7. Ru Yao (汝窑, Ru ware): The legend of Ru ware, one of the "Five Great Kilns," began 800 years ago in the Song dynasty. Despite its fleeting existence of only ~40 years, many celadons thereafter sought inspiration or even replication from the standards set by Ru ware. Modern ceramists, particularly from Jingdezhen, recognizing the value of this lost art, have embarked on reviving the Ru tradition, crafting contemporary pieces with the same finesse and allure. With its subtle crackles, which mature beautifully when exposed to darker teas, Ru ware continues to enchant, symbolizing a blend of imperial luxury and masterful craftsmanship.
8. Jun Yao (鈞窯, Jun ware): Sharing its birthplace with Ru ware in Henan, Jun ware developed arguably the most unique celadon glaze. Its glaze, thick and lustrous, dances with hues ranging from a soft azure to deep purples. This captivating color play, especially the purple splashes, owes its magic to the deft addition of copper during the glazing process. Jun ware's opalescent appearance, enriched by countless tiny bubbles formed by addition of lye during firing, makes each piece a universe unto itself. These pieces are so tiny, they often remain invisible to the naked eye. However, they scatter light in a manner that predominantly allows blue light to pass through, imparting a distinctive hue. This is the same phenomenon responsible for the blue color of our skies, known as Rayleigh scattering.
Bulb Bowl (Shuixian Pan). China, Henan Province, Linru County, late Jin dynasty or early Yuan dynasty, about 1200-1300
Jun ware, molded stoneware with blue glaze and purple splashes
The Ernest Larsen Blanck Memorial Fund (60.27.3). Chinese Art.
Jun Bracket-Lobed Narcissus Bowl. Yuan-Ming Dynasty, XIV-XV century. Christie's
9. Guan Yao (官窯, Guan ware): As the Southern Song dynasty set its roots following the fall of its northern counterpart in 1127, the world of Chinese ceramics welcomed the illustrious Guan ware. This "official" celadon, as the name suggests, was a noble attempt to emulate the revered Ru ware from the past, but with the inherent uniqueness of its own. Crafted from different kilns and materials, Guan ware unfurled with a spectrum of glazes, ranging from muted ivory to deep browns and greys. A distinct feature that set it apart was the deliberate emphasis on its crackled glaze, creating a myriad of patterns across the ware.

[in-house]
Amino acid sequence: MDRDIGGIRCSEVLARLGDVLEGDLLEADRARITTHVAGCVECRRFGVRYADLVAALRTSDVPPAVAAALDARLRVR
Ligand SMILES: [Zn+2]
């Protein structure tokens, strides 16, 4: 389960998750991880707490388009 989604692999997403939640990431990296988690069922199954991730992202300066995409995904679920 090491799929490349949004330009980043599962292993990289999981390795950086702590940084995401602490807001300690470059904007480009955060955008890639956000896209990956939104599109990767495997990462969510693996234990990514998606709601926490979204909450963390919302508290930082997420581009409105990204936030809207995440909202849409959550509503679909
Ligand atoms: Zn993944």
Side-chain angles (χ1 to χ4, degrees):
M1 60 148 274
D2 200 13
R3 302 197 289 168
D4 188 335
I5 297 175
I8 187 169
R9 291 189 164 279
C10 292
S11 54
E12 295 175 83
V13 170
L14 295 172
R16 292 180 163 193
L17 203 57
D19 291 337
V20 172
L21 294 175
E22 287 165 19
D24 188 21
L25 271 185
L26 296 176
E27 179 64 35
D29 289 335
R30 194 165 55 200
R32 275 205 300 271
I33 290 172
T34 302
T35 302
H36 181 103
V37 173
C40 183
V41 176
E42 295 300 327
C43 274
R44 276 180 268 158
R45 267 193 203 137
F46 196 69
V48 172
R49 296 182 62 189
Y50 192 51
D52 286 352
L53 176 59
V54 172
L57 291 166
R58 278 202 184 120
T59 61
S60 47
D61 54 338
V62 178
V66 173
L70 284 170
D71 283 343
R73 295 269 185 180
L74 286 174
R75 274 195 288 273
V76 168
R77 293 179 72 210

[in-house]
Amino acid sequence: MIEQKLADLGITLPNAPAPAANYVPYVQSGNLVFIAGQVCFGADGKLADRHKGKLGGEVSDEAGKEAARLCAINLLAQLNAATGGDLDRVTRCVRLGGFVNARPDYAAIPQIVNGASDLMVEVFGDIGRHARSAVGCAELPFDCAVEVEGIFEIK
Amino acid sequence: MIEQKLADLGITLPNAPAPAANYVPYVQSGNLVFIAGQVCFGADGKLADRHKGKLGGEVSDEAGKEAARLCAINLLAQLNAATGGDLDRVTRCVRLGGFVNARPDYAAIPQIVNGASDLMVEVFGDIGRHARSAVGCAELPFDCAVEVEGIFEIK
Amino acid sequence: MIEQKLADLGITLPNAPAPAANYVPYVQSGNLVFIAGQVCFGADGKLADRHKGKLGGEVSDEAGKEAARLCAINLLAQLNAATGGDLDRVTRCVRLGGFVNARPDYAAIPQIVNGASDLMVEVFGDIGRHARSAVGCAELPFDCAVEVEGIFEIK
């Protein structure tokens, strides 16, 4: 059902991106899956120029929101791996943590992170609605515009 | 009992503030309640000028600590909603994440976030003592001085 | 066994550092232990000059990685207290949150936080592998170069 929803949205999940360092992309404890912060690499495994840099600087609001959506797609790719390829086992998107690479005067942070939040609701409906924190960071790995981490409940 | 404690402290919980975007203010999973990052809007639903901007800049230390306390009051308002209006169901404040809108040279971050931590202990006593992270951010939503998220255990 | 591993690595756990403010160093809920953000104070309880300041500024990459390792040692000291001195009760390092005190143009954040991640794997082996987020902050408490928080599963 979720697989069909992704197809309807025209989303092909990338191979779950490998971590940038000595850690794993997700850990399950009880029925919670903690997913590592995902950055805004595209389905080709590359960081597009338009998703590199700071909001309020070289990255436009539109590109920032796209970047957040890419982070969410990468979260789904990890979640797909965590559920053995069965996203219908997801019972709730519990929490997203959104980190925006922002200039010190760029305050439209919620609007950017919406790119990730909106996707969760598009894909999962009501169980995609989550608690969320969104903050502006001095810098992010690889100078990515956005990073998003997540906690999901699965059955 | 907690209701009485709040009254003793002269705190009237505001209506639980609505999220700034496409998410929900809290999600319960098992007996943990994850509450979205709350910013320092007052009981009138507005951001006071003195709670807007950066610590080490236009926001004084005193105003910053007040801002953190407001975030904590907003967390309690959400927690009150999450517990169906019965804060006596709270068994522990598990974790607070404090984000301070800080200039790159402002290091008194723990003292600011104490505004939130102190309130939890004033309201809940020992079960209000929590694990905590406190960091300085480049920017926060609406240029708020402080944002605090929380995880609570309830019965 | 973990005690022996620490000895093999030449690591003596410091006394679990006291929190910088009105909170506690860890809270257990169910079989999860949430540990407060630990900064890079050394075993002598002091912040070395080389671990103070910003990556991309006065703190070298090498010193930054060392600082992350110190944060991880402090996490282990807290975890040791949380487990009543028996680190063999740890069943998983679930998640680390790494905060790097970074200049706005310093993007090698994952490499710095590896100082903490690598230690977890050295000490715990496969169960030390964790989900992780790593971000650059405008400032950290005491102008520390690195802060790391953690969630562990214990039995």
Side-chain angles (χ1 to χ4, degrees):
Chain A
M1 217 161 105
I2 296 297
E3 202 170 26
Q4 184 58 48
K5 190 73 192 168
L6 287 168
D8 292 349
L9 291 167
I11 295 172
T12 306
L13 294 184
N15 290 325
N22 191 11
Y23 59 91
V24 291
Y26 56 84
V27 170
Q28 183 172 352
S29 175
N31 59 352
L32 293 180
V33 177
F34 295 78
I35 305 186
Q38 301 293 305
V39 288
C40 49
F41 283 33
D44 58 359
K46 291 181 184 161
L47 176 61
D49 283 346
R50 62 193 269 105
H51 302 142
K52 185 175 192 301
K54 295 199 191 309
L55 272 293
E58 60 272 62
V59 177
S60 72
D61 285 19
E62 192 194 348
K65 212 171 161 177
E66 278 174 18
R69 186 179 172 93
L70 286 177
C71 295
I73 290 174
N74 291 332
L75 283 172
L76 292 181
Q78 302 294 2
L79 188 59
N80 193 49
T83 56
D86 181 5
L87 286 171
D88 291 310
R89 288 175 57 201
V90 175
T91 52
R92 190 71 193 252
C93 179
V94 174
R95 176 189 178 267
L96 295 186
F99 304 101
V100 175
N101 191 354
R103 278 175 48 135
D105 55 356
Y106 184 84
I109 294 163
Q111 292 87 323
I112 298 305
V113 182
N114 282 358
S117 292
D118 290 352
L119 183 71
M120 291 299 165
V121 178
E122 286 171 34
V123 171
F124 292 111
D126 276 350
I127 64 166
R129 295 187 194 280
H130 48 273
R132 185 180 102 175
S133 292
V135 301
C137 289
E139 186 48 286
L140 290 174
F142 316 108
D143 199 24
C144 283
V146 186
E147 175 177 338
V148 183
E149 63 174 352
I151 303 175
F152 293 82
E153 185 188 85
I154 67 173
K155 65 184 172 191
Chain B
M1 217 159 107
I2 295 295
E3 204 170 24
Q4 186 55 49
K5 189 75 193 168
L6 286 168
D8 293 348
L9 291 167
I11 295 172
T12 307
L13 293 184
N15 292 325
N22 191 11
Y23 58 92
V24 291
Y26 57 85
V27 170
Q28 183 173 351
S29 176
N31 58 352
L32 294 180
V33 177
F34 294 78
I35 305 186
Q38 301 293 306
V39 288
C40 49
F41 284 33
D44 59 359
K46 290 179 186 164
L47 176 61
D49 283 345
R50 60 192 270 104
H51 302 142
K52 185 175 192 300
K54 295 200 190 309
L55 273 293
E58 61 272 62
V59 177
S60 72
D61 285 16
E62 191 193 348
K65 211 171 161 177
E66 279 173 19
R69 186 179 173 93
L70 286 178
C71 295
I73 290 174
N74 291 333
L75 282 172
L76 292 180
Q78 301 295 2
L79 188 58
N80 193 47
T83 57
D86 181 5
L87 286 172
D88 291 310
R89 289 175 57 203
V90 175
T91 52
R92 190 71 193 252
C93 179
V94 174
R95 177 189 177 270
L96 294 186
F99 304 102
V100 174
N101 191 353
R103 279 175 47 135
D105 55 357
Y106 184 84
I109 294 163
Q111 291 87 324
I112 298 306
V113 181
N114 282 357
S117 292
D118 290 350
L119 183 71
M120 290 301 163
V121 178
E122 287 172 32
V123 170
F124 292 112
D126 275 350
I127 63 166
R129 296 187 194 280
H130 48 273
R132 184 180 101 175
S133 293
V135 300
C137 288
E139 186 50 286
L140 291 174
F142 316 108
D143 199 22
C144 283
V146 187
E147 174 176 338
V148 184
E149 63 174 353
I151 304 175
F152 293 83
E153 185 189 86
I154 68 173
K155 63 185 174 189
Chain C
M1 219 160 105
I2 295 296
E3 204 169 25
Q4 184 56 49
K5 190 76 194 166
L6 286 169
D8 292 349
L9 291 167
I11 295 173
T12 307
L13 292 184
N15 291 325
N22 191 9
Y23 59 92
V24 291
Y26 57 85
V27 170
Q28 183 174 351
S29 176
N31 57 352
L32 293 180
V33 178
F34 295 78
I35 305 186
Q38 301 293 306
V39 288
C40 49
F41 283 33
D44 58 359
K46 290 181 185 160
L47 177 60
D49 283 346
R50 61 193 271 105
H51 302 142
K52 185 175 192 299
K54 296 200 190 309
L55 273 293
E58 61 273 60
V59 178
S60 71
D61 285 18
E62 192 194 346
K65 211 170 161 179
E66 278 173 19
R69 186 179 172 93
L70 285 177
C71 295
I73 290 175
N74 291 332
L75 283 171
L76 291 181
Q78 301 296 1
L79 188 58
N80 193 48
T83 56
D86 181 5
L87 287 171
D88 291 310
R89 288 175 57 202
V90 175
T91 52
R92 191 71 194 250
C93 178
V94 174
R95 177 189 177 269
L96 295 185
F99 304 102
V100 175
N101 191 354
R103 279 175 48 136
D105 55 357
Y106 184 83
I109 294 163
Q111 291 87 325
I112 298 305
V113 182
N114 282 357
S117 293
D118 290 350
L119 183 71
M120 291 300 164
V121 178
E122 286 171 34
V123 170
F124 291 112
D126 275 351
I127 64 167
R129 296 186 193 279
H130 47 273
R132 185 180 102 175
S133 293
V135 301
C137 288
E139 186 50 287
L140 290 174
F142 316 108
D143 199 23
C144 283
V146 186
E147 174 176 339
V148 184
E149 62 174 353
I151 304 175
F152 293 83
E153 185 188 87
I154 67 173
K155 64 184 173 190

10. Ding Yao (定瓷, Ding ware): A paragon of grace and innovation, Ding ware shines in the annals of Chinese ceramic history. Characterized by its pristine white color, Ding Yao embraced the advent of coal firing, elevating its firing temperature beyond what wood kilns could achieve. Although the formulation for this white glaze was conceptualized during the Tang Dynasty, its true brilliance emerged in coal-fired kilns where the absence of excess oxygen resulted in its trademark pure white hue. What further distinguishes Ding ware is its subtle decorative flair, often expressed through moldings or delicate engravings.
A rare and finely carved Ding 'Lotus' dish. Northern Song Dynasty. XI-XII century.
The dish has angled sides rising from a broad base supported on a short foot to a flaring rim which is bound with a copper band. The interior is skilfully carved and combed to depict a single lotus sprig, adorned with sketchily carved leaves. It is covered in a pale ivory glaze pooling in areas to the base, part of which is unglazed and has been fired to a slightly warmer tone.
In Conclusion: Chinese celadon wares are not just products of clay and fire but are interwoven tales of innovation, legacy, and craftsmanship. Each type, from the Siqianyao kiln's inception to the intricate designs of Ding ware, captures an epoch of ceramic artistry. At TeaJewel, we cherish these legacies and invite you to dive deeper, exploring both the rich history and modern renditions of these Chinese treasures.